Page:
England women's goalkeeper Rachel Brown-Finnis says that emails sent by Premier League chief executive Richard Scudamore are an "insult to all women".
Scudamore apologised for sexist comments made in emails after details were revealed by the Sunday Mirror.
Edward Lord, Football Association anti-discrimination adviser, said Scudamore's role looked "untenable".
"It's not just about women who are involved in football, it was an insult to all women," said Brown-Finnis.
"However jokey he was trying to be with that, it's just totally unacceptable in this day and age."
Prior to publication of the newspaper story, Scudamore wrote to club chiefs asking them to "judge" if they believed the content was "sexist and inappropriate".
Lord said that letter "completely undermines his apology".
Lord's comments were followed up by networking group, Women In Football, who have written to the acting Premier League chairman, all 20 Premier League clubs and the league's main sponsors asking for an "independent review" of the league's practices.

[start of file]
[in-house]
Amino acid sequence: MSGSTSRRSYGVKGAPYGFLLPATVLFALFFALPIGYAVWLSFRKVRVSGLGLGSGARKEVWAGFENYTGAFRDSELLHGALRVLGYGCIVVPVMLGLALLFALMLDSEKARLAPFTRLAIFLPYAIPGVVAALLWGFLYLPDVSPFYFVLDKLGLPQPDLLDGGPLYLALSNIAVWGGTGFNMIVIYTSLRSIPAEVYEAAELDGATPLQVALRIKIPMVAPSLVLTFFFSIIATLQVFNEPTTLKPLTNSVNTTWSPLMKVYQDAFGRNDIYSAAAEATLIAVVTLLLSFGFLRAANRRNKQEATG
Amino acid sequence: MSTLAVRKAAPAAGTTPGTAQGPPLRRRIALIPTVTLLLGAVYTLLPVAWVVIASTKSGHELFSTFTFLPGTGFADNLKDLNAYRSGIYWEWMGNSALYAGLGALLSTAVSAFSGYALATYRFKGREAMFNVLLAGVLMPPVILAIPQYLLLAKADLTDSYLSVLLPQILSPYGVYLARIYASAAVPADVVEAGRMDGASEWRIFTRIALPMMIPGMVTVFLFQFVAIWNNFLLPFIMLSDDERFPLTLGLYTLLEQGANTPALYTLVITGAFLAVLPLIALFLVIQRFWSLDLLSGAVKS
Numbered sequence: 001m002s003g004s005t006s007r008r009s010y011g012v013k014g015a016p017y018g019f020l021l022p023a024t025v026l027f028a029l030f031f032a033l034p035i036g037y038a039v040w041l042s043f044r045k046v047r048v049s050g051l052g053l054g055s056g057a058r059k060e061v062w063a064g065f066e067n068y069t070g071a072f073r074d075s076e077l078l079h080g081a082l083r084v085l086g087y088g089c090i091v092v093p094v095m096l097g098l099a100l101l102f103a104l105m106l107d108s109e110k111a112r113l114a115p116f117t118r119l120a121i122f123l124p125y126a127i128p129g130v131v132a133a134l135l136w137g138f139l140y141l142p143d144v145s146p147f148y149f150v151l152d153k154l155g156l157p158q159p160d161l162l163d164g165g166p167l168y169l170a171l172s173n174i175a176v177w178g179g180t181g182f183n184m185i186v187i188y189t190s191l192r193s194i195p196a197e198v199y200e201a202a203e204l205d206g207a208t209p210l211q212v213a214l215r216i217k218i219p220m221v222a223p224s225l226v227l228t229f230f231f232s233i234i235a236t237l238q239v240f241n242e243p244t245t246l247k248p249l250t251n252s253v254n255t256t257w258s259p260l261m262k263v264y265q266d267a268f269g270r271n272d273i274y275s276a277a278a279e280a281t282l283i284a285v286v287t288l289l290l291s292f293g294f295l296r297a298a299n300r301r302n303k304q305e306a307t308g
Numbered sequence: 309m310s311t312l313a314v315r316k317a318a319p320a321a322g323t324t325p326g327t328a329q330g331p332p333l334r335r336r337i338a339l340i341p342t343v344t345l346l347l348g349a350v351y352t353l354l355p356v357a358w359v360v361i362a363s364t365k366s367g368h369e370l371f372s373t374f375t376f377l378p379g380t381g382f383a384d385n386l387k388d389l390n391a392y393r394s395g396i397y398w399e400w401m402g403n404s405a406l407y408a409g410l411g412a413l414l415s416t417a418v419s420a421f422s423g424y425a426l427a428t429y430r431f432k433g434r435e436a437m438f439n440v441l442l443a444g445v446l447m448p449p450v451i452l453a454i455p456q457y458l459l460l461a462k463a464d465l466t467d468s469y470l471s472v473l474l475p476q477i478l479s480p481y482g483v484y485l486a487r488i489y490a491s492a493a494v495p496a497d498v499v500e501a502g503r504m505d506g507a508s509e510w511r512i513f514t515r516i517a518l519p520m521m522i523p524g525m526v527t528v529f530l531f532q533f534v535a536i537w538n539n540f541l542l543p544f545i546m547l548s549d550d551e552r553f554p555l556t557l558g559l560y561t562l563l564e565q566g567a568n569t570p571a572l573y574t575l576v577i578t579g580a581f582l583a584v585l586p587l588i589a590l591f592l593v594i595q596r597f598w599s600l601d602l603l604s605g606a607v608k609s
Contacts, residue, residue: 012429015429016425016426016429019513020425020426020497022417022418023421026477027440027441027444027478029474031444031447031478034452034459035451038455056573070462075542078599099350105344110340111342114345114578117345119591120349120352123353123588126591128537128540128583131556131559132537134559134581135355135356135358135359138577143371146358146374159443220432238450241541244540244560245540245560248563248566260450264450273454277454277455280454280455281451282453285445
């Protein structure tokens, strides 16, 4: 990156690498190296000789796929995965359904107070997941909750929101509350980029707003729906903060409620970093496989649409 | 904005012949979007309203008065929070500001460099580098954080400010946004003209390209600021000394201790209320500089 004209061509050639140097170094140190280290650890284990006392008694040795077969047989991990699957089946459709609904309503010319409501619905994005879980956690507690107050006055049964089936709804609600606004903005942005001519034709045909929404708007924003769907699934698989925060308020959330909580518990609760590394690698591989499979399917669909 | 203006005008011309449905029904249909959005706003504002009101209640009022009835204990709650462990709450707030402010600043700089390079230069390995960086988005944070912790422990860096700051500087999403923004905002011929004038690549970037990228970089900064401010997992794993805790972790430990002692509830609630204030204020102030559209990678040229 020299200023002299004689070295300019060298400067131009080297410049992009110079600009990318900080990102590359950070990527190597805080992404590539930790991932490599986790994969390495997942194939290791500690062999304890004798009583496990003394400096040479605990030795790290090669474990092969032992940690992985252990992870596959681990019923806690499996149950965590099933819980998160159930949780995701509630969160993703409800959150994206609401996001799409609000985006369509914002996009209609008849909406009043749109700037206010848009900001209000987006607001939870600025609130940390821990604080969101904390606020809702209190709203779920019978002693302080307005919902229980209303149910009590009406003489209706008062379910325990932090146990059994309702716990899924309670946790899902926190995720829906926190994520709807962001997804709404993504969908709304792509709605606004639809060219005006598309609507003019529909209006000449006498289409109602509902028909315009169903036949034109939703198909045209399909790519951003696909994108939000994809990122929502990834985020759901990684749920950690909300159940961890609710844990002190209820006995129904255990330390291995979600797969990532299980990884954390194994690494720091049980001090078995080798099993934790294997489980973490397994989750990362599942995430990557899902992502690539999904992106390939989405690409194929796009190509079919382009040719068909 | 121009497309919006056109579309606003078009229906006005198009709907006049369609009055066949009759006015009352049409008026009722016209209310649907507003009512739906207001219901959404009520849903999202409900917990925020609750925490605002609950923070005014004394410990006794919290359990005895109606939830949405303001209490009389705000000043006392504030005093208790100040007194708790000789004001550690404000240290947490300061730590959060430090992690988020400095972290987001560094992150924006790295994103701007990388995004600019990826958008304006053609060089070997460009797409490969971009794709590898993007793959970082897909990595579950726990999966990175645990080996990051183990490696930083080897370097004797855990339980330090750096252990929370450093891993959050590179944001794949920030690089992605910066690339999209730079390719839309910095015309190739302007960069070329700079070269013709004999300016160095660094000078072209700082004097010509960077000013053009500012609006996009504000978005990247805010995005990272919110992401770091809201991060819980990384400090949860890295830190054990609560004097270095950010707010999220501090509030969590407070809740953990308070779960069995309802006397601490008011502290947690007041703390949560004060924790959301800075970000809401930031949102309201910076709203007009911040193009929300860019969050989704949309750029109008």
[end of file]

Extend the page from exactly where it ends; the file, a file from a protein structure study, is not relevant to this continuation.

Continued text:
The letters are endorsed by the football anti-racism and discrimination charity Kick It Out and add that "an apology is not enough".
A Premier League panel will meet on Monday to decide whether Scudamore should face action.
Everton goalkeeper Brown-Finnis, who has 82 England caps, told BBC Sport: "It's zero defence for me. Private emails when are you head of the Premier League don't really exist.
"Is a sorry enough? Probably not, but I do think the way to move forward is for the Premier League to follow their protocols just like they would with other employees and I'm sure they have policies which would sanction him appropriately for his misconduct."
The FA's IAB is also set to meet to discuss the issue, although FA chairman Greg Dyke, who has described the emails as "totally inappropriate", said his organisation will not take disciplinary action as the comments were made privately.
Premier League sponsors Nike said the issue over the sexist emails was a "matter between Mr Scudamore and the Premier League".
BBC Sport has learned that title sponsors Barclays have made their views known to the organisation and have expressed their disappointment over the nature of the comments.
Scudamore's emails were seen by a former temporary PA, who leaked them to a national newspaper.
In a statement on Sunday, Scudamore said the exchanges were "private emails exchanged between colleagues and friends of many years" that should not have been accessed by the temporary employee.
He accepted they were inappropriate and added: "It was an error of judgment that I will not make again."
Meanwhile, the lawyer who exchanged the emails with Scudamore is being investigated by his firm, it was revealed on Friday.